The fourth annual Motor Sport Hall of Fame event took place on Monday February 25. As usual, we inducted some of racing’s greats into our exclusive club, but this year’s event had much more to offer.
The event was held in the Royal Opera House for the first time, and it turned out to be a fine venue for the start of our racing year. Outside, the place was adorned with two of lead sponsor Audi’s race cars: an R8 GT3 and one of last year’s R18 e-tron quattros, which were driven to victory at Le Mans, Silverstone and Bahrain.
Inside, the greats gathered. Founding member Sir Stirling Moss and 2011 inductee Jody Scheckter were in attendance, but there were a throng of stars waiting to join Simon Lazenby and Natalie Pinkham on stage as well.
The first inductee of 2013 was legendary Lotus designer Colin Chapman. Sir Jackie Stewart and former works Lotus driver Jackie Oliver presented the award to Colin’s son Clive, who still runs Classic Team Lotus. He gave a great insight into what it was like growing up around one of the world’s premier racing teams in the ‘60s, ‘70s and ‘80s before the two Jackies spoke. Both gave touching tributes to Chapman; Oliver in particular spoke about the Lotus “university of motor sport”. Clive Chapman looked very proud of his dad.
Our second inductee was eight-time Le Mans winner Tom Kristensen. Presenting the award were Audi team-mates Allan McNish and Dindo Capello, with whom Kristensen has driven for the last seven seasons, winning Le Mans in 2008 and Sebring in 2006, 2009 and 2012. Both spoke warmly of their friend, pointing out his intensity and determination on track, particularly at night. Endurance racing’s more about the team than the driver, but it’s clear that Kristensen’s contributions stand out.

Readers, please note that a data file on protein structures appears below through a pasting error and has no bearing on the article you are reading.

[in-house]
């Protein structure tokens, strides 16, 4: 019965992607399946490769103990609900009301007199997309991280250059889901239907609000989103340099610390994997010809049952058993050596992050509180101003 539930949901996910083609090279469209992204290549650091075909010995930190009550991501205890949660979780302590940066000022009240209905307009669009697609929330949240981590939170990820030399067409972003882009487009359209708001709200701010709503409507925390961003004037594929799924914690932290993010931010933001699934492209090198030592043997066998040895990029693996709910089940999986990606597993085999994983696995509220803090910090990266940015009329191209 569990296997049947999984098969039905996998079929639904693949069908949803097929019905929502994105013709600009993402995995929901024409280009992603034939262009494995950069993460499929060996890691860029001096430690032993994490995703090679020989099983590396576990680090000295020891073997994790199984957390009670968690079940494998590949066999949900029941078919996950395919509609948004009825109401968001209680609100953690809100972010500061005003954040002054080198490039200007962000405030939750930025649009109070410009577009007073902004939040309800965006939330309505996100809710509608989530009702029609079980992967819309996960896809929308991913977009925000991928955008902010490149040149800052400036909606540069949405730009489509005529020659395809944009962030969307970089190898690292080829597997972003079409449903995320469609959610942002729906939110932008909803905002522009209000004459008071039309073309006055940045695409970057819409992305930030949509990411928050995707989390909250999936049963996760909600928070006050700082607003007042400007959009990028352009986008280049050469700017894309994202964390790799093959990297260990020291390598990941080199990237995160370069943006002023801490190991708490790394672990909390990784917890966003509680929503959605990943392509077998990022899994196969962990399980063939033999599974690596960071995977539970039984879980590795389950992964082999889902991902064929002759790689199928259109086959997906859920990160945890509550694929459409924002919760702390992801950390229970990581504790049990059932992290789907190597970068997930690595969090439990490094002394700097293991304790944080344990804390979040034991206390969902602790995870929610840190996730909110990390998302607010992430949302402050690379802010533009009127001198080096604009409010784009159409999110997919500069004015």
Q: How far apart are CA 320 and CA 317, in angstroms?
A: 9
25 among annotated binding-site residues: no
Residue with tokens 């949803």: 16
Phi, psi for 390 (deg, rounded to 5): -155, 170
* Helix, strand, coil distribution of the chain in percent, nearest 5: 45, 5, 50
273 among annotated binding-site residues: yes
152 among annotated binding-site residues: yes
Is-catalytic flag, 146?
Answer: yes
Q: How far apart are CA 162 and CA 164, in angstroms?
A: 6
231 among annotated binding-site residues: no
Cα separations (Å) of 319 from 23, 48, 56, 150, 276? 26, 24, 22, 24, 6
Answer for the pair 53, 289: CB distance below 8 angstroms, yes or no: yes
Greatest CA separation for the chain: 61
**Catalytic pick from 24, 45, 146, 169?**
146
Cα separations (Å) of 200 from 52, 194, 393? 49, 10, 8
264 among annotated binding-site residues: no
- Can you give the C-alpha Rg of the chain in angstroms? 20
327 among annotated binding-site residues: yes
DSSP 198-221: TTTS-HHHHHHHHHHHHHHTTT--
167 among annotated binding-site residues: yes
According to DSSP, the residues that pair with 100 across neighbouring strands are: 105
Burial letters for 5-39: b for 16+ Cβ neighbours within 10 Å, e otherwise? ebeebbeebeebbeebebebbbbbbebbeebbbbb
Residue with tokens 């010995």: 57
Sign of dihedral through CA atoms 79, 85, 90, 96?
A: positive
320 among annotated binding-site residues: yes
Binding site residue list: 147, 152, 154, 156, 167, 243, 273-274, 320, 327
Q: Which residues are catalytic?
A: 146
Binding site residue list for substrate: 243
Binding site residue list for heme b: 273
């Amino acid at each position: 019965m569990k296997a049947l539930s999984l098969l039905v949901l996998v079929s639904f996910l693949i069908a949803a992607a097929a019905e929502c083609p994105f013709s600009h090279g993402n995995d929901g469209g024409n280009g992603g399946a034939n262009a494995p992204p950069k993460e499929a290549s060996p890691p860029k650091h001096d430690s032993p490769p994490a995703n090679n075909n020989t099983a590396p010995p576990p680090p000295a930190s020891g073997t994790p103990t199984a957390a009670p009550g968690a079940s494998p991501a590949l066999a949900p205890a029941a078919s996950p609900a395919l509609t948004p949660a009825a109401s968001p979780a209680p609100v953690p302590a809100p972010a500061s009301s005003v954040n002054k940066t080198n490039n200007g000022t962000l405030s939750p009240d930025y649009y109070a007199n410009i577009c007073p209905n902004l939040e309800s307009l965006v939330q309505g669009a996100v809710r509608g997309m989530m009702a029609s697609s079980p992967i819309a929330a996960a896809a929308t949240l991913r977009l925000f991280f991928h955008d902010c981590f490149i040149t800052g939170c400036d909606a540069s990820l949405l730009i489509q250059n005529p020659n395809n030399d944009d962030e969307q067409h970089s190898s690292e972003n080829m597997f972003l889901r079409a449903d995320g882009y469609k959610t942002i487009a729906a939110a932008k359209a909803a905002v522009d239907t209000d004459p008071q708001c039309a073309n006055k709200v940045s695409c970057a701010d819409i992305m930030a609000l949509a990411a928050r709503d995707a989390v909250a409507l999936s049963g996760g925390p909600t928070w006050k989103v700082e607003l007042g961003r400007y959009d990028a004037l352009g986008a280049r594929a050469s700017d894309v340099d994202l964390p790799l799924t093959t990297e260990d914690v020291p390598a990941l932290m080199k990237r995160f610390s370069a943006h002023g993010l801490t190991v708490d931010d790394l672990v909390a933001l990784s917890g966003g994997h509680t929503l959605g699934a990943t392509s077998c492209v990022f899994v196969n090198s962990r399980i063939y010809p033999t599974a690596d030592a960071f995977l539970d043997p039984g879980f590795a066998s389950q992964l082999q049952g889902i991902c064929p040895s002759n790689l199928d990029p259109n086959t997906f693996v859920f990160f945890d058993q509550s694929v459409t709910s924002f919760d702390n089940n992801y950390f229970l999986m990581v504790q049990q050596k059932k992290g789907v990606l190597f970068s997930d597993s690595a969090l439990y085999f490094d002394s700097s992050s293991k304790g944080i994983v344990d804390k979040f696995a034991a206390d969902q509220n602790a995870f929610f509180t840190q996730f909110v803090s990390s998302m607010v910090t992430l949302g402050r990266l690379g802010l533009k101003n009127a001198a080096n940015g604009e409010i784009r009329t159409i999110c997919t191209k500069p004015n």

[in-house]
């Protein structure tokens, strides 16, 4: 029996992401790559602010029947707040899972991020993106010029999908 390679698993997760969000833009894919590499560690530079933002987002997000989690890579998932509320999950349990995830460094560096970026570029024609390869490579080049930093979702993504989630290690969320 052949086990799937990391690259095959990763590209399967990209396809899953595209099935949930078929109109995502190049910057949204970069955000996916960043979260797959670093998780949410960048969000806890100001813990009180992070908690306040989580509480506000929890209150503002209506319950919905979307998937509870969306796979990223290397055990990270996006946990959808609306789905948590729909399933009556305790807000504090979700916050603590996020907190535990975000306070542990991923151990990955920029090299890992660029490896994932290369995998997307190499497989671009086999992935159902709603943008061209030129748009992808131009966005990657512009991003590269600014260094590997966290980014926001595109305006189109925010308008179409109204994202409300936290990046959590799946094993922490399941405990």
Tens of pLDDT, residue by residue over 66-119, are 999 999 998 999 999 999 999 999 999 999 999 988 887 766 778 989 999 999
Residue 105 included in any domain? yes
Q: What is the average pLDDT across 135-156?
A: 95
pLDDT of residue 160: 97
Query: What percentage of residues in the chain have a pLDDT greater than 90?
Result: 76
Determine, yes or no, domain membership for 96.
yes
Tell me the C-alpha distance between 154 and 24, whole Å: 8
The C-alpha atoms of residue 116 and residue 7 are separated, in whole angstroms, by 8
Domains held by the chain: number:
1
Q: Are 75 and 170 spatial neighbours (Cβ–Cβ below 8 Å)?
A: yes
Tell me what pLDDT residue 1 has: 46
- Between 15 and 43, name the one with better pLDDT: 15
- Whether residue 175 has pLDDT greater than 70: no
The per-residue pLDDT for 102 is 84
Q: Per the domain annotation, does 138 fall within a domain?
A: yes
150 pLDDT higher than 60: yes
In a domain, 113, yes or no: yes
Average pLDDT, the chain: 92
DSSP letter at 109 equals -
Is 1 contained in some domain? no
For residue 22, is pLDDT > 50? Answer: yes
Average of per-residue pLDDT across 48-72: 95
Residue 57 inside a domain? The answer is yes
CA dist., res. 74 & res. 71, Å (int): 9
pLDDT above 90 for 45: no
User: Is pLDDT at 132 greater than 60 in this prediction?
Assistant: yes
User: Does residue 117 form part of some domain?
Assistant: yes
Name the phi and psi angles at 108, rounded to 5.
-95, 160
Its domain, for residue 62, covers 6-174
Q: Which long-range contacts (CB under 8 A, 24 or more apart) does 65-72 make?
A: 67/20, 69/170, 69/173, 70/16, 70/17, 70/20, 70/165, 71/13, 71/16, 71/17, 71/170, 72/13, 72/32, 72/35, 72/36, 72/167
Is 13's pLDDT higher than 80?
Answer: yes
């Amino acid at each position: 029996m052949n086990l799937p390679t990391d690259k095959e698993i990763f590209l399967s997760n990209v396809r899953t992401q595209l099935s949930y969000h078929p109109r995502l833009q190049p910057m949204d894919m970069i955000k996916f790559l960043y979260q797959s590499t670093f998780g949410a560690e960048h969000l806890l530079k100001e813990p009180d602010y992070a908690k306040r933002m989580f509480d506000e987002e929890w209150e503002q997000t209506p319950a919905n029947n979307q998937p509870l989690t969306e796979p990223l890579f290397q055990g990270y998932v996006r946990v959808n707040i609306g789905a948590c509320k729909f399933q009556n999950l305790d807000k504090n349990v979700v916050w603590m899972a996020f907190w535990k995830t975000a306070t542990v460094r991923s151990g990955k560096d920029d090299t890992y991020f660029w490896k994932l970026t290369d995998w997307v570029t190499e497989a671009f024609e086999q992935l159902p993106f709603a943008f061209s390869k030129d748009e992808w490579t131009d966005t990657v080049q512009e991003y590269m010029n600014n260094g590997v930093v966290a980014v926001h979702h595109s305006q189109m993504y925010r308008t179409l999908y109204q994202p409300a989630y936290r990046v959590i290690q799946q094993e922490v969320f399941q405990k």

After a short break it was time for another first for the Hall of Fame: the joint induction of Graham and Damon Hill. Nigel Roebuck and Ferrari team principal Stefano Domenicali greeted Damon and his son Josh – an up-and-coming driver himself – and presented the awards. Among the highlights of this section of the evening might have been Josh’s apology to Damon for getting into racing just as his dad was settling down. Back on the hunt for sponsorship…
Last but not least, Niki Lauda took the stage to a huge round of applause. Welcomed by Jack Heuer and Piero Ferrari, Lauda stepped on stage with a wiggle to the sound of the Rolling Stones and had the audience in stitches talking about his career, his accident in 1976 and Ron Howard’s Rush. As Simon Lazenby pointed out, Lauda’s induction was long overdue and the crowd were audibly awed by the Austrian maestro.
With that, the inductions were over and it was time to move on to the auction in aid of the Grand Prix Mechanics’ Charitable Trust. Robert Brooks of Bonhams presided over the auction, which raised over £92,000 for the Trust. Notable lots were Sebastian Vettel’s steering wheel from 2010, which went for £20,000 and Ayrton Senna’s gloves from 1991, which were sold for £22,000. There are still reader only lots to bid on, so take a look here.
We spent the evening in a beautiful venue, surrounded by racing heroes of the past, present and future, celebrated their careers and raised a lot of money for a charity that’s close to our hearts. So we’d like to thank all of our guests, sponsors, the Royal Opera House and of course our new inductees. Only another year until the next one…